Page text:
3D Surface Roughness and Wear Measurement, Analysis and Inspection

Ratio Parameters (Spk/Sk, Svk/Sk, Spk/Svk)

The Average roughness parameter (Ra, or Sa for areal 3D measurement) cannot always distinguish between surfaces with deep valleys, high peaks, or variable heights across the surface. So how do we reliably differentiate these surfaces to know whether we are making good parts or not?

Sometimes the best way to control a process is with a combination of more than one parameter.

In the early 1990s researchers Tim Hegemeir and Mike Stewart were studying how cylinder liner texture relates to diesel engine characteristics.1 They began by examining the parameters derived from the bearing ratio curve (Rpk, Rk, and Rvk) to understand how they related to performance issues. They found that the symmetry of the bearing ratio curve (that is, the relationship between the peaks, valleys, and core material), related to oil consumption and cylinder liner wear, sometimes more than the amplitudes of the peaks and valleys. That symmetry could be described using a ratio of parameters, such as Rvk/Rk.

For areal (3D) measurements, the material ratio (bearing ratio) parameters Spk, Svk, and Sk, describe the peak, valley, and core material of a surface. The ratios between these parameters give a good indication of the symmetry of the bearing ratio curve. For example, Spk/Sk (the ratio of the Reduced Peak Height to Core Roughness) shows the relationship between the peak material and core material. In the example below, two surfaces with identical Sa values can be readily distinguished by Spk/Sk.

spk/sk ratio - reduced peak height to core roughness

As an example of its application, in a seal, a surface with a large Spk/Sk value may rip into the seal and cause leakage or failure.

Svk/Sk (Reduced Valley Depth to Core Roughness) can provide information about how well the surface will maintain lubricant and/or trap debris. Svk by itself tells us about the magnitude of the valleys, but it doesn’t give information about the overall surface amplitude distribution. Svk/Sk can provide a reality check by letting us know whether the surface amplitude symmetry is consistent with what we know to be a good part.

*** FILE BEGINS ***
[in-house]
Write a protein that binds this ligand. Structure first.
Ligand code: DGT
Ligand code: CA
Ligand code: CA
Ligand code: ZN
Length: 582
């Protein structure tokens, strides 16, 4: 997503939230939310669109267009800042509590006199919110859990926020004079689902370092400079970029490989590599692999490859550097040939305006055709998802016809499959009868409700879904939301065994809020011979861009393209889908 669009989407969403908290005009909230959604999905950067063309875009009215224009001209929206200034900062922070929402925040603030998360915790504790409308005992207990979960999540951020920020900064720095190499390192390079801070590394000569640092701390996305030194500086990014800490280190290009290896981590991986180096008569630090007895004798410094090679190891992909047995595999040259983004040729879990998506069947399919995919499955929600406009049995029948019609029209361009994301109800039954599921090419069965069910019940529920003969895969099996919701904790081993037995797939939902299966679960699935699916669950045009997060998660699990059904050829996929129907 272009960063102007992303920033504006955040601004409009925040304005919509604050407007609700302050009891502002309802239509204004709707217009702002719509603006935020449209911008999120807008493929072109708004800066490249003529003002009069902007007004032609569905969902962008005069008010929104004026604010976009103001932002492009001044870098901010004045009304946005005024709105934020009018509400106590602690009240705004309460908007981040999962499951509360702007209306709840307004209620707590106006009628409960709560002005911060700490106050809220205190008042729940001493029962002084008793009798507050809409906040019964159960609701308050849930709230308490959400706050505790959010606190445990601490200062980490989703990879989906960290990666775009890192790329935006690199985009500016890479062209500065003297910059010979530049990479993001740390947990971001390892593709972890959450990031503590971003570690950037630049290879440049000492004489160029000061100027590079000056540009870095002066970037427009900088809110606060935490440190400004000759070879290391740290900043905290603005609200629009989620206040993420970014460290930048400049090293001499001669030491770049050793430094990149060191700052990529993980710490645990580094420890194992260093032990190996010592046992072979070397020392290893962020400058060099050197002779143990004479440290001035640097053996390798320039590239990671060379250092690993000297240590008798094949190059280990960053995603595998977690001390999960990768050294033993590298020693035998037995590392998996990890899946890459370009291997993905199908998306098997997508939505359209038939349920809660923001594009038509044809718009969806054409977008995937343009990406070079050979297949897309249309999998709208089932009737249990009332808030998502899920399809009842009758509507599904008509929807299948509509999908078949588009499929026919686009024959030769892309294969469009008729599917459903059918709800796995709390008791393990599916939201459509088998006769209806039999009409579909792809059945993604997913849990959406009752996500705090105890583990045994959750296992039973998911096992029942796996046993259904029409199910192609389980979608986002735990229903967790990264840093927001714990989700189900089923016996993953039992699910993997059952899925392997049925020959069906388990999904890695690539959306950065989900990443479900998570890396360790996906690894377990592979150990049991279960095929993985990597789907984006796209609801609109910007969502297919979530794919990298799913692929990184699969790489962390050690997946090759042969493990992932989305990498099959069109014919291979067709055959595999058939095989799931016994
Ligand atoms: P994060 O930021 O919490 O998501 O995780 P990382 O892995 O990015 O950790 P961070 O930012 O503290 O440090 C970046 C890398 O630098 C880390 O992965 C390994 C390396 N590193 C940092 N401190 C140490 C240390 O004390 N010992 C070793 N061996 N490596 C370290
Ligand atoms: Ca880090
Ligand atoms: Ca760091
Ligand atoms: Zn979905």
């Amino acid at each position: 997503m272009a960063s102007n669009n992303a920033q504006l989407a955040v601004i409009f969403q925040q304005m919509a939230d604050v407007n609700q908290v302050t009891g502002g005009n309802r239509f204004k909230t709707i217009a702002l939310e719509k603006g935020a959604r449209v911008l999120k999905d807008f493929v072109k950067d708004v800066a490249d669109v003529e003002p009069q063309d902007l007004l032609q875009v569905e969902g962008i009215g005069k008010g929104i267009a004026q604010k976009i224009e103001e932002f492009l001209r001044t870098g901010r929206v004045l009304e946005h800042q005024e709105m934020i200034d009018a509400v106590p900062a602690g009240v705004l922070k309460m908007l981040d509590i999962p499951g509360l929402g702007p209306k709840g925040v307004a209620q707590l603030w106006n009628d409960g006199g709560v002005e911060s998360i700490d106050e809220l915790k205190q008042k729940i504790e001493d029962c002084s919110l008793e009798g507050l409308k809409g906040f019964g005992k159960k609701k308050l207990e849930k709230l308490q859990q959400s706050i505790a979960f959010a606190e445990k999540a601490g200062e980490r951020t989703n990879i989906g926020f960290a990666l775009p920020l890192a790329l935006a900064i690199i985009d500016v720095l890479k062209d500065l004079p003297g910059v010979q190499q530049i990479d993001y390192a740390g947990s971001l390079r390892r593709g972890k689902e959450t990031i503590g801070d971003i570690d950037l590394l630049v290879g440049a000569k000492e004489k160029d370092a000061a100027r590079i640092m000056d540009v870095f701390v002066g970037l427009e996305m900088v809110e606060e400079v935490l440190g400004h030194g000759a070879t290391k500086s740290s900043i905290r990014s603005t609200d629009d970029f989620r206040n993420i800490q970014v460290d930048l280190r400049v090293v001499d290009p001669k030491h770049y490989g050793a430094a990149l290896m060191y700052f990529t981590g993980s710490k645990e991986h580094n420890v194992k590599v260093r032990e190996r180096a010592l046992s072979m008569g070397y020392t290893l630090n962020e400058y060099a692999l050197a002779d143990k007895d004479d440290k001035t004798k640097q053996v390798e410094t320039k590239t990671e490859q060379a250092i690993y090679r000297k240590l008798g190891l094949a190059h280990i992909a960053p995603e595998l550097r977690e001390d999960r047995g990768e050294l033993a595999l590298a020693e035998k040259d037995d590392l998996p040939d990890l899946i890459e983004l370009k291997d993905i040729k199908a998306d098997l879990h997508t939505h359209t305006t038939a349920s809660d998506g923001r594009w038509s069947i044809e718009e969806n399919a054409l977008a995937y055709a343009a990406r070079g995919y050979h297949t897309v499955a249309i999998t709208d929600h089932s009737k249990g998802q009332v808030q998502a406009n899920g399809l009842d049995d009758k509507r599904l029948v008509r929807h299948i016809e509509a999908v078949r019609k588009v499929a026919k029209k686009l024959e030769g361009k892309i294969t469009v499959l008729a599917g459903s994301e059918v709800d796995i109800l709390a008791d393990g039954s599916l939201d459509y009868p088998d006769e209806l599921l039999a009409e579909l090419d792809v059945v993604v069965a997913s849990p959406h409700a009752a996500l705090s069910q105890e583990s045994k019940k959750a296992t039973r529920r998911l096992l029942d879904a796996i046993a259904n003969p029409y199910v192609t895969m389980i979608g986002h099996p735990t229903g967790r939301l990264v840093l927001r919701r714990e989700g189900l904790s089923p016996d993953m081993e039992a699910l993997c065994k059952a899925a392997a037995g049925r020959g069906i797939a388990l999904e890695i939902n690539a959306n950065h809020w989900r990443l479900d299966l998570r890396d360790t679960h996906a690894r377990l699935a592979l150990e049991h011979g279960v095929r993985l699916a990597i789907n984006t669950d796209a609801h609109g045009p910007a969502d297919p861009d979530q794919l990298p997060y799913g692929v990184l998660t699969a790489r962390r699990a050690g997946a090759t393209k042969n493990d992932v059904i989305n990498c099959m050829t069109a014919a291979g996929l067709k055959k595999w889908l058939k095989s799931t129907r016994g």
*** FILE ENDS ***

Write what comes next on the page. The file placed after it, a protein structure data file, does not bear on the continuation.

The third ratio is Spk/Svk (Reduced Peak Height to Reduced Valley Depth Ratio) which gives the ratio between the reduced peak height and reduced valley depth.

I began working with these ratios in the 1990s, first in spreadsheets, and then later in software packages such as Bruker Vision 64 (then Wyko Vision32) and Digital Metrology’s OmniSurf3D. The ratios prove useful in applications such as seals and bearings because they differentiate surfaces with similar Sa but different texture amplitude symmetry.

Take the case of “structured” surfaces, such as those found in hydraulic piston bores. These surfaces strike a careful balance between peak, core, and valley material, to simultaneously minimize sliding friction, maintain lubrication in the interface, and provide sealing. In some applications, the performance is more sensitive to symmetry than to magnitude. Surfaces with very different average roughness values may perform similarly if the symmetry is the same.

The example below shows a surface with a “plateaued” upper region cross-hatched by valleys. The upper region of this surface, however, is actually more akin to a series of mushroom caps than to a flat plateau. The ratio of Spk/Sk may help distinguish this surface from one with a flatter plateau, which could prove critical for the surface’s sealing or wear characteristics.

While these ratio parameters are not part of standards, their components Spk, Sk, and Svk certainly are. Using the ratios requires that everyone involved in the process understands what the parameters mean, how they are interpreted, and how they are intended to be used.

To learn more, visit the Surface Texture Parameter Glossary on this site. The specific pages to reference are Spk/Sk,  Spk/Svk, and Svk/Sk.

  1.  Tim Hegemier and Mike Stewart, Some Effects of Liner Finish on Diesel Engine Operating Characteristics, SAE 93076 , March 1993.